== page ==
DO THE MYSTARCOLLECTORCAR GUYS REALLY GET THEIR HANDS DIRTY?

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One of the rites of passage you’ll find in the world of car guys is something the mainstream public would not expect.

Car guys will check your hands for cuts, grease and dirt under the fingernails.

JERRY SUTHERLAND

They do this to see if (a) you have some blood and guts in the game and (b) to see if you’re currently working on something. Full confession here – my hands are pretty clean most of the time but I’m good for oil-soaked mitts at least four or five times a year. Jim is on the same basic program so the MyStar guys get a marginal passing grade in the school of car guys, but it’s enough for street credibility.

Jim and I both have had grease-stained hands since high school. My first foray into the world of cars started in high school when I replaced the head and fixed some incredibly bad wiring on a ’61 Volvo 544. The Volvo project took longer than Columbus crossing the ocean, but it had a happy ending – the car ran again and everything electrical worked the way it was supposed to. This is a job that would have taken a competent car guy two days at most, but it took me most of the winter. In fairness, this was a pre-Internet world and I didn’t have a shop manual, so I was flying without a parachute.

Jim had the same game plan. His baptism by fire came from a really crappy ‘54 Austin that liked to eat head gaskets. The car was parked more than it ran that winter, but Jim could replace an Austin head gasket during the commercial break on Monday Night Football.  

There were many other adventures since then – like really bad bondo jobs on a ’75 Camaro; pretty good bondo jobs on a ’71 Chrysler 300; countless water pump, fuel pump and starter replacements; basic dent repair and a few engine swaps. Jim and I took on pretty much anything marginally-skilled car guys could handle. In the process we’ve hauled many, many pieces of kinky old iron on sketchy trailers over the years and yes – cut down one or two trees to get them out.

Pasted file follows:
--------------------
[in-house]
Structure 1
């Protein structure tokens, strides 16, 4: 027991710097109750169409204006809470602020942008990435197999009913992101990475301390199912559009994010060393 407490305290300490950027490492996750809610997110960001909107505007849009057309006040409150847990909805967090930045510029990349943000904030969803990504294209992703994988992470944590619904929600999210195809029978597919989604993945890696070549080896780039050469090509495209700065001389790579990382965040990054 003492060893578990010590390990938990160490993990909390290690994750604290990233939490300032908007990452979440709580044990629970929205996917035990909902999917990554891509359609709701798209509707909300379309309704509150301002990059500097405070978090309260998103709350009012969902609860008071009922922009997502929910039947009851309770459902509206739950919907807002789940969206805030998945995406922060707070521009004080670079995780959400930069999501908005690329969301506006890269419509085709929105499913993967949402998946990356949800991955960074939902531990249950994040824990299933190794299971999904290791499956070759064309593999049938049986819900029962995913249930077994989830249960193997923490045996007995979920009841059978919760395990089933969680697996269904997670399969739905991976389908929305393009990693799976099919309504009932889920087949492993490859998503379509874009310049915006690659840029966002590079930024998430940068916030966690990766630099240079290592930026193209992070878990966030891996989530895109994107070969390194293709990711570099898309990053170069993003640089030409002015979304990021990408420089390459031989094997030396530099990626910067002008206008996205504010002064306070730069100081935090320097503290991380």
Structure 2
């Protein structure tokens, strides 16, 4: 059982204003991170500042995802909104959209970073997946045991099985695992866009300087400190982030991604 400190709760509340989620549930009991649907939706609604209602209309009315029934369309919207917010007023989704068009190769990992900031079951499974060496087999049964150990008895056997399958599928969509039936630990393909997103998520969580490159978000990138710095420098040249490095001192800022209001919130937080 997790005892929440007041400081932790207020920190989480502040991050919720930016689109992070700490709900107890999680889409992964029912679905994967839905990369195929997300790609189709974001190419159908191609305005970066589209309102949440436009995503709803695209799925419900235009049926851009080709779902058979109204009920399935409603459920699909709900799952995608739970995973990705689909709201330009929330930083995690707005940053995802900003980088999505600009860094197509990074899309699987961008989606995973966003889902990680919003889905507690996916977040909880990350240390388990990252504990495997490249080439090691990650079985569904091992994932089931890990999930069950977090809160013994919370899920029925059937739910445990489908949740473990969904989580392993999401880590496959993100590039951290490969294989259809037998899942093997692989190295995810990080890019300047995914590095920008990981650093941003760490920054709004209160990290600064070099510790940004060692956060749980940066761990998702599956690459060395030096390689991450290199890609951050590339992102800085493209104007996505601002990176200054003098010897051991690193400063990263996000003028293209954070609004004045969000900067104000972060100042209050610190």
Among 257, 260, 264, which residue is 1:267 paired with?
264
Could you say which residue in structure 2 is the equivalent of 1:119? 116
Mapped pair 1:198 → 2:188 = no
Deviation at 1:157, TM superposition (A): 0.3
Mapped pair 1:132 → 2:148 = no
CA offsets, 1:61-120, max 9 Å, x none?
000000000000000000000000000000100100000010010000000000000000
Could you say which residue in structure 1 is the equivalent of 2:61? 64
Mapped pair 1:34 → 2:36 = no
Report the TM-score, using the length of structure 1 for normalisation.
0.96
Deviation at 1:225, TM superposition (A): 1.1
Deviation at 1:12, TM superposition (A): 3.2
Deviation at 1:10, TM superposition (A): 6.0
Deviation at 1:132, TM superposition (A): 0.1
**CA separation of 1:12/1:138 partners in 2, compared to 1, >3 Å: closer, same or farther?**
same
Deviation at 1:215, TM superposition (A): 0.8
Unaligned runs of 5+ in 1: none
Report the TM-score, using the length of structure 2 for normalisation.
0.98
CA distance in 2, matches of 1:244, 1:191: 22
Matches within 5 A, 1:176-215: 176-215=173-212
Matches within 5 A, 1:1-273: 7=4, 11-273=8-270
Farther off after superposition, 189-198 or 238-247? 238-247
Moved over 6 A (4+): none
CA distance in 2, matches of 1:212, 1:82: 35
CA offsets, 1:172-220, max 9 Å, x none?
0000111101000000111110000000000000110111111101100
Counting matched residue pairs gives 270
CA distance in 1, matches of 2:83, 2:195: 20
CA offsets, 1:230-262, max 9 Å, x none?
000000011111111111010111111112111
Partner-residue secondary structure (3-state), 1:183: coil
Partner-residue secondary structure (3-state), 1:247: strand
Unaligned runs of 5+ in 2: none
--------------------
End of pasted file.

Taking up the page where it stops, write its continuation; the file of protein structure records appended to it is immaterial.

Highly technical jobs like engine or transmission rebuilds were farmed out – so was complicated bodywork because Jim and I are trained chimps when more than basic skill levels are required.

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There’s another guy who occasionally writes for MyStarCollectorCar and he is not afraid to boldly go where no man (or MyStarCollectorCar guy) has gone before…to quote the legendary Captain James T. Kirk of Star Trek fame.

Angus Sutherland has taken on the Mount Everest of car projects. It’s a 1964 (Canadian-only) Chrysler New Yorker two-door hardtop and it’s extremely rare, so that makes this big old Mopar extremely difficult to restore. The short version of the story is this car was his dad’s car and Angus wants to put this car on the road again – just like his late father wanted to before his health put an end to that dream.

I’m not going to give too much of the plot away, but I can tell you this – it involves grafting cars together and it’s a lot harder than bolting a reproduction fender on a ’66 Mustang. Angus has his own style on paper and in front of the camera, but you definitely know where he’s coming from and he’s a hardcore car guy.    

He takes the “MyStarCollectorCar guys really do get their hands dirty” to a scary level because he works on stuff that would weaken the knees of many veteran car guys.                                  

So the question is simple: Do the MyStarCollectorCar guys really get their hands dirty?

The answer is an emphatic yes…especially Angus.

By: Jerry Sutherland

Jerry Sutherland is a veteran automotive writer with a primary focus on the collector car hobby. His work has been published in many outlets and publications, including the National Post, Calgary Herald, Edmonton Journal, Ottawa Citizen, Montreal Gazette, Saskatoon StarPhoenix, Regina Leader-Post,  Vancouver Sun and The Truth About Cars. He is also a regular contributor to Auto Roundup Publications.

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